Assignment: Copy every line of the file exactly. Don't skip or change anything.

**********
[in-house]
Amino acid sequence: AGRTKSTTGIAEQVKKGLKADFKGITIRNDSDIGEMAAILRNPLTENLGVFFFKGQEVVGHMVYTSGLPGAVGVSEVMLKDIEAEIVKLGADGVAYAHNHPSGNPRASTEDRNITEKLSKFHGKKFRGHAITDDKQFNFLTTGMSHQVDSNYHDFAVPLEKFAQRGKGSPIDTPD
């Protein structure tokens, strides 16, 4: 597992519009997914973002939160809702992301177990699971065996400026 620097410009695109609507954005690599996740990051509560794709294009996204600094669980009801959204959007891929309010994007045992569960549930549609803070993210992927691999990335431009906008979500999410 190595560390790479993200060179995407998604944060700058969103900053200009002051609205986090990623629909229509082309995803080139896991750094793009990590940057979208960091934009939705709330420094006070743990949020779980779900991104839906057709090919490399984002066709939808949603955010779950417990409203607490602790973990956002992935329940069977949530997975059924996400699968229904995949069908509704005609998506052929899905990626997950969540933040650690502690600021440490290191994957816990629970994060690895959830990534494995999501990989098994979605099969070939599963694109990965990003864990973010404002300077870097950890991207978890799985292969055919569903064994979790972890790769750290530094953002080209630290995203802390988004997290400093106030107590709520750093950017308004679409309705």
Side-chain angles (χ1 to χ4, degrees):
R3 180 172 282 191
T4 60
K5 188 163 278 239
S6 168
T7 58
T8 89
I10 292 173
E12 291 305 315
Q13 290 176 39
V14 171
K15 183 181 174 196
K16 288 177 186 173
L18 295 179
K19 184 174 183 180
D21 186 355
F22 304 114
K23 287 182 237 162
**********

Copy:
[in-house]
Amino acid sequence: AGRTKSTTGIAEQVKKGLKADFKGITIRNDSDIGEMAAILRNPLTENLGVFFFKGQEVVGHMVYTSGLPGAVGVSEVMLKDIEAEIVKLGADGVAYAHNHPSGNPRASTEDRNITEKLSKFHGKKFRGHAITDDKQFNFLTTGMSHQVDSNYHDFAVPLEKFAQRGKGSPIDTPD
């Protein structure tokens, strides 16, 4: 597992519009997914973002939160809702992301177990699971065996400026 620097410009695109609507954005690599996740990051509560794709294009996204600094669980009801959204959007891929309010994007045992569960549930549609803070993210992927691999990335431009906008979500999410 190595560390790479993200060179995407998604944060700058969103900053200009002051609205986090990623629909229509082309995803080139896991750094793009990590940057979208960091934009939705709330420094006070743990949020779980779900991104839906057709090919490399984002066709939808949603955010779950417990409203607490602790973990956002992935329940069977949530997975059924996400699968229904995949069908509704005609998506052929899905990626997950969540933040650690502690600021440490290191994957816990629970994060690895959830990534494995999501990989098994979605099969070939599963694109990965990003864990973010404002300077870097950890991207978890799985292969055919569903064994979790972890790769750290530094953002080209630290995203802390988004997290400093106030107590709520750093950017308004679409309705």
Side-chain angles (χ1 to χ4, degrees):
R3 180 172 282 191
T4 60
K5 188 163 278 239
S6 168
T7 58
T8 89
I10 292 173
E12 291 305 315
Q13 290 176 39
V14 171
K15 183 181 174 196
K16 288 177 186 173
L18 295 179
K19 184 174 183 180
D21 186 355
F22 304 114
K23 287 182 237 162